Nav: Home

Market competition sets tone for lower cost of UK mobile phone contracts, research shows

July 26, 2019

Healthy and competitive markets - and not stringent regulations - help dial back the cost of mobile phone contacts, according to new research.

Consumers in the UK benefit from comparatively cheaper bills than many of their counterparts abroad because regulations over contract length and costs are kept to a minimum.

Instead, market competition, where companies vie to offer the best deals to customers, provides the most effective way of keeping prices down and promoting a good service.

A team of law experts from the universities of Warwick and Exeter conducted the new study by comparing the strength of regulations of several countries worldwide.

While factors such as geography can also play a role, the research team found that consumers face higher bills and costs - and have less choice over which provider to select - when contracts are tied up in greater amounts of regulation.

The experts suggest that keeping regulations to a minimum creates "friendlier markets" for both providers and consumers, which can lead to significant price decreases.

Dr Timothy Dodsworth, from the University of Exeter Law School said: "We have found competition should be a key part of the mobile phone market, as it means companies must provide the best service for consumers in order to stay in business. It is part of the reason the UK has some of the lowest bills in the world.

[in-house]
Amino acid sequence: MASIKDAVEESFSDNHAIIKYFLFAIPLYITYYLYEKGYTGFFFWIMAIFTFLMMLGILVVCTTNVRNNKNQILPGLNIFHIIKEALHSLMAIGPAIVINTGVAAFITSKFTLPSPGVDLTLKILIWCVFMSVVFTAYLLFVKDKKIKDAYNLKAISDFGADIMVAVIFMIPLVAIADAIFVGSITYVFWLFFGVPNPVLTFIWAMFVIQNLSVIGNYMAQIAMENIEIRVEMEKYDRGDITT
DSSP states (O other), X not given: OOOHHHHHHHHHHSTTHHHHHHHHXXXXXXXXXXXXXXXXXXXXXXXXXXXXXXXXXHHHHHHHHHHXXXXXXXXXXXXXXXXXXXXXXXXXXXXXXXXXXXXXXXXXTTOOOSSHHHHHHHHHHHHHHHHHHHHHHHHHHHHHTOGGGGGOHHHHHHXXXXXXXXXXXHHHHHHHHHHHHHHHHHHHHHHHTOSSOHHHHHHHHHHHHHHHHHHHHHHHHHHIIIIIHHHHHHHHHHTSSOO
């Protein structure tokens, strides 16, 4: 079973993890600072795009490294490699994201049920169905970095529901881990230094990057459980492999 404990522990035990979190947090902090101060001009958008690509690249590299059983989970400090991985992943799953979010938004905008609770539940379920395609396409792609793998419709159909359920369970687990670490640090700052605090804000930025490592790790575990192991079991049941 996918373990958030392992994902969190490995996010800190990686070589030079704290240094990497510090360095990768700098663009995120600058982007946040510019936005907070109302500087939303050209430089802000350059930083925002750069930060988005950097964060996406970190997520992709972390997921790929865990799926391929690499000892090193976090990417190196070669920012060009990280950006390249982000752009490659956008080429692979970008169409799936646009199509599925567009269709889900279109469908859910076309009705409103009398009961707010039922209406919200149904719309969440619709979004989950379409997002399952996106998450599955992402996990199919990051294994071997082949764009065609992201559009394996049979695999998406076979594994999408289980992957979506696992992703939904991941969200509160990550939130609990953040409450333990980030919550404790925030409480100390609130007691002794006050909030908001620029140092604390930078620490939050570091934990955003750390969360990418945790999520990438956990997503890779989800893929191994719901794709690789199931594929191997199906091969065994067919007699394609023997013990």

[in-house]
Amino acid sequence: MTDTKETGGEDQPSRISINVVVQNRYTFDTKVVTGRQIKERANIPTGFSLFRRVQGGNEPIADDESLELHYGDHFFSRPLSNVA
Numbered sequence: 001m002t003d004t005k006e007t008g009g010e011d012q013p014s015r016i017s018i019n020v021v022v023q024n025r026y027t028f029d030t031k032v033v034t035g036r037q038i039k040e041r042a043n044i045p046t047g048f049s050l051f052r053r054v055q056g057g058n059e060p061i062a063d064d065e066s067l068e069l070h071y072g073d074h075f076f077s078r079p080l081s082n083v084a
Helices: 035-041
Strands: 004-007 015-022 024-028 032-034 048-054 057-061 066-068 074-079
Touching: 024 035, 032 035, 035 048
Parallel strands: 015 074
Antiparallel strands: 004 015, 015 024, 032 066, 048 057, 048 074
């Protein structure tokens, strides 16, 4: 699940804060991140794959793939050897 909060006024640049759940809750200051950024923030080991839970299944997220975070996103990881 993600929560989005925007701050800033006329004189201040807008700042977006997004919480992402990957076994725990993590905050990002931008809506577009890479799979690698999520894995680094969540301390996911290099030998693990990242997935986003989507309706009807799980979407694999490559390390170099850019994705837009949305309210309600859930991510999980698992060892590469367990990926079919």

"Smaller businesses find it harder and more expensive to function in a highly regulated market, and strict regulations mean only a few top companies dominate it.

"This means there is very little competition, and therefore no real reason to lower prices and improve services."

Academics examined the way mobile phone contracts were regulated in Germany, Britain, USA and Canada for the study.

They found regulating mobile phone contracts can discourage new companies from entering the market, and so reduce competition and choice for consumers.

While in Europe the length of contract is now determined by the EU, Canada has introduced more regulations in an attempt to manipulate the market to be more competitive.

However, this meant that companies with no flexibility to reduce or adjust fees and costs, meaning contract prices have stagnated - compared to price falls in many other countries.